Flannery and Shelton Named 2023 Watson Fellowship Recipients

Back to All Stories

Erin Flannery ’23 and Sarah Shelton ’23 are Colgate University’s 2023 Watson Fellowship recipients.

The Watson Fellowship provides awardees $40,000 to fund yearlong travel to multiple countries to pursue independent, purposeful projects. A Watson year provides fellows with the opportunity to test their aspirations and abilities through a personal project experienced on an international scale. This year’s 55th class of Watson Fellows includes students from 20 states and four countries with a broad range of backgrounds and experiences.

Erin is an international relations and geography double major from Warwick, N.Y. On campus, she is a Lampert Scholar, Benton Scholar, and Innovation Fellow. During her semester abroad on the spring 2023 Geneva Study Group, Erin interned for MADE51, a UNHCR initiative that brings market access to refugee artisans. She supported the expansion of MADE51 to areas of concern by liaising with local social enterprises that reflect the mission’s free-trade and ethical values.

For her Watson project, “Refugee Inclusion Through Entrepreneurship,” Erin will join social enterprises and refugee-owned businesses in India, Kenya, and Turkey to learn how entrepreneurship can be deployed to preserve refugees’ unique cultures and skills and foster their inclusion.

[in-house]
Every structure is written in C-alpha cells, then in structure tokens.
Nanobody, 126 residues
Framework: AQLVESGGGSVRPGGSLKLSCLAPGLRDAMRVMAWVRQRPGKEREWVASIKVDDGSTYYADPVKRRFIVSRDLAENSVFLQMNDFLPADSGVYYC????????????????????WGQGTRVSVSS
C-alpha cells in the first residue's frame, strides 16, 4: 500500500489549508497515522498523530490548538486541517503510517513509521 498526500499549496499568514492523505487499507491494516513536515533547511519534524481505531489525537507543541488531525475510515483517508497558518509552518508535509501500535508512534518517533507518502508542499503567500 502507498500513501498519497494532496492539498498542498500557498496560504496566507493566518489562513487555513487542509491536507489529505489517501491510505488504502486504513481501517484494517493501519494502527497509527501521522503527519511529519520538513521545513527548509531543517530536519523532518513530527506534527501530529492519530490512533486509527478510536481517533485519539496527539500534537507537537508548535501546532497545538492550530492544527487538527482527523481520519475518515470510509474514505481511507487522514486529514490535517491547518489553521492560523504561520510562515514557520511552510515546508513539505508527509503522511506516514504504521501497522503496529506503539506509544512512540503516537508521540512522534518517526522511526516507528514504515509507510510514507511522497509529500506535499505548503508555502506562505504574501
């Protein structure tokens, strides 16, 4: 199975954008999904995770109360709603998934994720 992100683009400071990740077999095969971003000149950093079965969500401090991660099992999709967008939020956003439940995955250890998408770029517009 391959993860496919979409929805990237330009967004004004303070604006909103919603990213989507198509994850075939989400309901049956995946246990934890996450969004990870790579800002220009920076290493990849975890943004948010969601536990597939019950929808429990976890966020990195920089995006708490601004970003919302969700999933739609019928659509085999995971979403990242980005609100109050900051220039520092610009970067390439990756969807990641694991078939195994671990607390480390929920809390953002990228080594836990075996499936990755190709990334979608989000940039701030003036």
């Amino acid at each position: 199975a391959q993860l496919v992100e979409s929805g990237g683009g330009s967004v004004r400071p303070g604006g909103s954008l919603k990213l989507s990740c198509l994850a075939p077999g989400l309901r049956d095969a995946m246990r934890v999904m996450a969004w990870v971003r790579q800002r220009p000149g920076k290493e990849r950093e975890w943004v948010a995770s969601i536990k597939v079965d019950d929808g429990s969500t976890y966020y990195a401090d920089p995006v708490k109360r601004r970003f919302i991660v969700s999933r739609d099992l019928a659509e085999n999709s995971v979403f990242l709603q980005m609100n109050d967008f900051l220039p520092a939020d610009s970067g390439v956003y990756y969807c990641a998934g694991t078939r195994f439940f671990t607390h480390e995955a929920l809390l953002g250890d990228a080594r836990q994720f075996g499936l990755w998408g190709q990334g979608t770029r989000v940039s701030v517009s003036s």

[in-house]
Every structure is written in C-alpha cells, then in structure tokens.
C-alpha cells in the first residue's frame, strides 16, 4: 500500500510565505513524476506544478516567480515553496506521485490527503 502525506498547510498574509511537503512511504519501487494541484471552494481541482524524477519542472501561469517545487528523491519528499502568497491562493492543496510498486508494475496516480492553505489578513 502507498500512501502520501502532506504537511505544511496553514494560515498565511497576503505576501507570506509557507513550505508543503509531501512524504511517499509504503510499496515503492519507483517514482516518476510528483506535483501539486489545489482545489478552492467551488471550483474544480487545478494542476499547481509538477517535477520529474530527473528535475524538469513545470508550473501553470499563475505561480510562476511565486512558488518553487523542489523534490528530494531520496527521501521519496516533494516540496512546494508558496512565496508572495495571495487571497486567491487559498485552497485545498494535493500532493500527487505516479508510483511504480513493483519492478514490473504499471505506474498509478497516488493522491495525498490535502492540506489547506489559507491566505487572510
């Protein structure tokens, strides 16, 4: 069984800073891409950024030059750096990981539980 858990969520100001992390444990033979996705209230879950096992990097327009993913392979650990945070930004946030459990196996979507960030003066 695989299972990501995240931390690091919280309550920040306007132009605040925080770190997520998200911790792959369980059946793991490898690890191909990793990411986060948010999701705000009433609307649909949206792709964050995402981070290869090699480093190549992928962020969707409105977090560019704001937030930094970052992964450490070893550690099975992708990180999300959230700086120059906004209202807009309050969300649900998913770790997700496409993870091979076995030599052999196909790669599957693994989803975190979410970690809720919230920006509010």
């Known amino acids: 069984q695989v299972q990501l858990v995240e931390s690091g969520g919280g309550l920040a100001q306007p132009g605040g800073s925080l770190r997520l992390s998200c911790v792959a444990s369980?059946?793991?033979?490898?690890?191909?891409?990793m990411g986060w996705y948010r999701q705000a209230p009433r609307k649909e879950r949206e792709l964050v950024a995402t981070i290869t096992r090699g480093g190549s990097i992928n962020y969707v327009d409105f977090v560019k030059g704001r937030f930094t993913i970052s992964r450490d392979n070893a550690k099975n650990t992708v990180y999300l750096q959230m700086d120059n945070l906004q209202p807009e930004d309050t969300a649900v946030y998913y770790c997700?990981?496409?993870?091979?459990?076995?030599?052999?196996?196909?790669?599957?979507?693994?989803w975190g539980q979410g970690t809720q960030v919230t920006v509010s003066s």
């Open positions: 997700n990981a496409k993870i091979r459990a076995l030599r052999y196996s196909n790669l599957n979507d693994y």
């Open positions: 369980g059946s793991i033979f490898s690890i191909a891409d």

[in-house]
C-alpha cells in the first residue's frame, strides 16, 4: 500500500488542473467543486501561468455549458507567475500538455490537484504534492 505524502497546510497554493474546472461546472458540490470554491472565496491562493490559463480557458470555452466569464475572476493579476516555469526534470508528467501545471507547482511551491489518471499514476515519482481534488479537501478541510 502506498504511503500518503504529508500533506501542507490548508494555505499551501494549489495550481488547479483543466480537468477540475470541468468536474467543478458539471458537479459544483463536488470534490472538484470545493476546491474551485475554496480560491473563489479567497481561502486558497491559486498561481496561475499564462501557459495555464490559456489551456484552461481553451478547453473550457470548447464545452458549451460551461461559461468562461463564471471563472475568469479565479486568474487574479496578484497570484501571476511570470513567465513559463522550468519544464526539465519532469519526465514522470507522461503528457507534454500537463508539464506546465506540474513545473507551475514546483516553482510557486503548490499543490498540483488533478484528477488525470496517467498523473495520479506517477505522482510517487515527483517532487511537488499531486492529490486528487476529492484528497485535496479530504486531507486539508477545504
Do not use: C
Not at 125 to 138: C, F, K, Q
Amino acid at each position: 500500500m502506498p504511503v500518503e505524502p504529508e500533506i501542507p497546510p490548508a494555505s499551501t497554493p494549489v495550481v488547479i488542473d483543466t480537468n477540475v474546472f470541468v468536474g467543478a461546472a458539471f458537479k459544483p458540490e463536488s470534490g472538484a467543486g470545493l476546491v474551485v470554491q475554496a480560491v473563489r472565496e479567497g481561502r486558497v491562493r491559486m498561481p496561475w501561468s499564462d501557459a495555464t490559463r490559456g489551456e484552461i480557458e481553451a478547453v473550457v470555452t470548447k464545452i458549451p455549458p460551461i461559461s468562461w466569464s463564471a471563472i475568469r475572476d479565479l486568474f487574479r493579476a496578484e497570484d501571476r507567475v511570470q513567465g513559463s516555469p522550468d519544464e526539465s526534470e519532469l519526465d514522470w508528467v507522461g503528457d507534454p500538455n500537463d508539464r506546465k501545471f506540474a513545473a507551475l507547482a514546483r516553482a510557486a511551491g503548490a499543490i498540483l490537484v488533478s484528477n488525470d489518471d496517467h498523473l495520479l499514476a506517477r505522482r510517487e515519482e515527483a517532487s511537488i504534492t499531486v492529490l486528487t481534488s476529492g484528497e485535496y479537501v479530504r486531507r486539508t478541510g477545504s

Erin’s project is an extension of herself, as a person with great passion for refugees, and a reflection of the ways in which she was shaped by her childhood in a small, interdependent agricultural community. Her proposal results from her experiences as someone who cares for the needs of people on the margins.

Sarah is an educational studies and psychology double major from Denver, Colo. At Colgate, she is a bystander intervention facilitator, link, co-founder of Colgate Disability Activists, and a group leader for Colgate Buddies. During summer 2022, she conducted research for Pathfinder Village, using an intellectual–disability friendly survey and drawing interviews to accumulate information on the social, emotional, and physical effects of COVID-19 on people with Down syndrome.

While ability and disability are often construed as mutually exclusive, Sarah’s Watson project, “Investigating the Spectrum of Ability,” will test this notion and explore the spectrum of ability. She will engage with artists, educators, and activists who either experience multiple disabilities themselves or who work with such individuals in some applied capacity.

This multifaceted journey will include interaction with a queer hiking group in Canada and a coalition of disabled women in Spain, fighting for political recognition and disability justice. She will also visit a former asylum in New Zealand with a history of violence against indigenous Maori with disabilities.

Sarah’s interest in the complexities of disability over time, her coursework at Colgate, and the passion and advocacy she has brought to this phenomenon throughout her life make this project distinctly hers.